Lake effect snow made conditions very slippery. Six miles of westbound lanes between Michigan City and LaPorte were closed while workers cleared the wreckage and diesel fuel. There were no seriuos injuries reported.
Authorities say that speeding during snowy road conditions was partially to blame for the wreck. Between two and three inches of snow fell overnight making driving slick along the highway and heavy snow was falling when the crash occurred.
There were more than 90 crashes on interstates 80, 90 and 65.
There were also dozens of spin outs and fender benders in Illinois.
The Bishop Ford was one of the messiest highways Wednesday morning. Because of the icy conditions, cars kept sliding off the road and into each other. A steady stream of tow trucks and a full I-DOT crew helped motorists throughout the commute.
The ice was frustrating on foot as well. I-DOT minuteman wiped out while trying to help drivers near 103rd Street.
Traffic was backed up for miles. Earl Bell decided to play it safe and get some extra gas.
"This is my day for taking my mother in law. I better fill up, I don't want to get stuck in this kind of weather," said Earl Bell, motorist.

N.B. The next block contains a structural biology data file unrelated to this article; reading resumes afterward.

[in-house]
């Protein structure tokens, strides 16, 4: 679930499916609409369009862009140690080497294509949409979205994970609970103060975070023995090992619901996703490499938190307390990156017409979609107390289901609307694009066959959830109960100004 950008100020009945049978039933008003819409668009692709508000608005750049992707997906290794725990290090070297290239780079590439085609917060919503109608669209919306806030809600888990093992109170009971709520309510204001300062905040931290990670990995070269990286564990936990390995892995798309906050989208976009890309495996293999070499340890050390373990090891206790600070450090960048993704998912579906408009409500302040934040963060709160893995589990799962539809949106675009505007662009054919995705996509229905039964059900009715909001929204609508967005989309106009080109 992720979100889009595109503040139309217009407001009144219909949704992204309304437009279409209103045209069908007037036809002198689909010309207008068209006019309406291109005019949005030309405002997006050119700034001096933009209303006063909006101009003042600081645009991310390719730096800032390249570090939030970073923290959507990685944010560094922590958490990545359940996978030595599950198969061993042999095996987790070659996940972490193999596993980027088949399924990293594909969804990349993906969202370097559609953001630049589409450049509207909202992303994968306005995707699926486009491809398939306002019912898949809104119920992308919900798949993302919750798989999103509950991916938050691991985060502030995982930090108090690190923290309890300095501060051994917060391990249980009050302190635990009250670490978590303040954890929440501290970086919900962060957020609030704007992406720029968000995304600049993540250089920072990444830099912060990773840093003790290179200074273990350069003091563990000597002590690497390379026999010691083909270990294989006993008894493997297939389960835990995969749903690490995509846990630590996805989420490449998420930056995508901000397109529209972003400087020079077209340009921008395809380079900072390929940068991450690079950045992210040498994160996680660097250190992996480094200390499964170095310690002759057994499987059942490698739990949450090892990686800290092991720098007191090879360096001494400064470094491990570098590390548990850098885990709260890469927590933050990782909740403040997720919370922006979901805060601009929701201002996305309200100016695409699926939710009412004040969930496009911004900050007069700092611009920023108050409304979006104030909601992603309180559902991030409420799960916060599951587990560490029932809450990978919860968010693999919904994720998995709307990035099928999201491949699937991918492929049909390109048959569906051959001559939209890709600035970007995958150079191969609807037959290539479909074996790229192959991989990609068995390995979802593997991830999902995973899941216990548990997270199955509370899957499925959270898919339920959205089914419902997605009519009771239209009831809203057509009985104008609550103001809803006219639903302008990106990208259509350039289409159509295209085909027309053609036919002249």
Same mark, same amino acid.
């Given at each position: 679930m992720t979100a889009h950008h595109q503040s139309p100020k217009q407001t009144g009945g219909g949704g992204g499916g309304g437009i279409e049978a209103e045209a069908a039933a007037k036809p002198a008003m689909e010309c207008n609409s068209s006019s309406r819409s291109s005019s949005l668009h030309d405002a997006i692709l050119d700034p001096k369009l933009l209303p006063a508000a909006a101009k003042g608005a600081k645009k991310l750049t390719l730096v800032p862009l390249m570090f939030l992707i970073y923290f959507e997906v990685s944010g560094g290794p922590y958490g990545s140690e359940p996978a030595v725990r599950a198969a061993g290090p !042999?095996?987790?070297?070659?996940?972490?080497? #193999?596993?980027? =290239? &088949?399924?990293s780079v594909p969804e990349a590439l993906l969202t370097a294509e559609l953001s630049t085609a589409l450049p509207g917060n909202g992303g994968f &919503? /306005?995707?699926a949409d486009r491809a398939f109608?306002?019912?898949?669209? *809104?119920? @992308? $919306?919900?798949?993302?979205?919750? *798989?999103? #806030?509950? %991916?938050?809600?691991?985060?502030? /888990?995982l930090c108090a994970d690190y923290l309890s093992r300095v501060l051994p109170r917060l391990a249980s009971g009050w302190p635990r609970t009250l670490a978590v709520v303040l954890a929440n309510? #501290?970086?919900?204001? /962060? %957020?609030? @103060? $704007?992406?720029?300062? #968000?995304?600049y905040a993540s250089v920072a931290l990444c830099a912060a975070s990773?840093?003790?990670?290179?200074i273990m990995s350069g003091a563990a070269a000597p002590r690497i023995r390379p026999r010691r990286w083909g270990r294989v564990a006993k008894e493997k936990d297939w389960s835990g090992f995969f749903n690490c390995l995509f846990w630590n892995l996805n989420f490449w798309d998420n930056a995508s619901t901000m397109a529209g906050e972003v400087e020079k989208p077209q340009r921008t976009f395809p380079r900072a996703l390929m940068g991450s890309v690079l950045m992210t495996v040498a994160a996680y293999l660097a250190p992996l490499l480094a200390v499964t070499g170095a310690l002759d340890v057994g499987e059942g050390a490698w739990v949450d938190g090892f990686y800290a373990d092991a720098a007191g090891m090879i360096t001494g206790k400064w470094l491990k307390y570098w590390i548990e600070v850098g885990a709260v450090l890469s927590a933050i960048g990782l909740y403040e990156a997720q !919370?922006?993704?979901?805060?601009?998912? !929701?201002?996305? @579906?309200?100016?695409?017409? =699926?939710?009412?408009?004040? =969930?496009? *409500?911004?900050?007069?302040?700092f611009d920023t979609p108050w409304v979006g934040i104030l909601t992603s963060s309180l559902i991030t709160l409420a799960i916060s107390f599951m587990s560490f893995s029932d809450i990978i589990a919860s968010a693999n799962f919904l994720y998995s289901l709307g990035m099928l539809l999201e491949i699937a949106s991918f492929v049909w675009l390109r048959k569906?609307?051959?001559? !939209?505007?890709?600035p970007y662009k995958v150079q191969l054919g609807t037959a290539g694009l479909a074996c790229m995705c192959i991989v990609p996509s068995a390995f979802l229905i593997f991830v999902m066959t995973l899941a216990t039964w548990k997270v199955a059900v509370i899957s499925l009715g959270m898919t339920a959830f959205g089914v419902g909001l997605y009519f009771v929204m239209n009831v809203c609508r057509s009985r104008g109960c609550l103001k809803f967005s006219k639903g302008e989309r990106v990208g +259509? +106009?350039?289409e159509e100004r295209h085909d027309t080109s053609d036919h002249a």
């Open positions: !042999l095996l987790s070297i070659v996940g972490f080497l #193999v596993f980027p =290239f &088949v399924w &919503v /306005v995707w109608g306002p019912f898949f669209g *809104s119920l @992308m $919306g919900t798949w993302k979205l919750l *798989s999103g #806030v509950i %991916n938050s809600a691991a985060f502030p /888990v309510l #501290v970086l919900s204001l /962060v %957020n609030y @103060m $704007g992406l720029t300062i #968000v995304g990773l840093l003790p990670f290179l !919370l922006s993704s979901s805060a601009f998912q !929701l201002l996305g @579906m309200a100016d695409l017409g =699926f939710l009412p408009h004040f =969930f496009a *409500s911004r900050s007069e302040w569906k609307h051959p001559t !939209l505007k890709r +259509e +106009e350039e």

It was also a very frustrating commute on 80/94 Wednesday morning in northwest Indiana. Near Calumet Avenue, a jackknifed semi turned that highway into a big parking lot.
"You have to be careful, all the roads are very icy, so we have to go very slow," said Gary Acosta, motorist.
Both sides of I-57 near Sibley were backed up because of crashes. Motorists spent a long time waiting for the wrecks to be cleared. By 9 a.m. or so, traffic finally picked up again along I-57.
Thadius Moody, who was stuck for a while, says it was not fun to be driving on the highway Wednesday morning.
"Stuck in traffic. The roads were not salted at all, pretty dangerous, yes," said Thadius Moody, motorist.
I-DOT said it had half of its salt trucks on the raods, and said that having all of them out wouldn't have made a difference because the ice froze so quickly.By car or by foot, traveling anywhere was a challenge because of black ice. Area emergency rooms reported an increase in patients the last few days who sustained injuries due to slipping and falling. "Small flurries are covering up the black ice. People cannot see where the ice is located. We've seen a number of patients who have come in for musculoskeletal trauma, ankle sprains and fractures, wrists, things of that sort, one head trauma," said Dr. Nicholas Strane, University of Chicago Hospitals.
The Associated Press contributed to this report.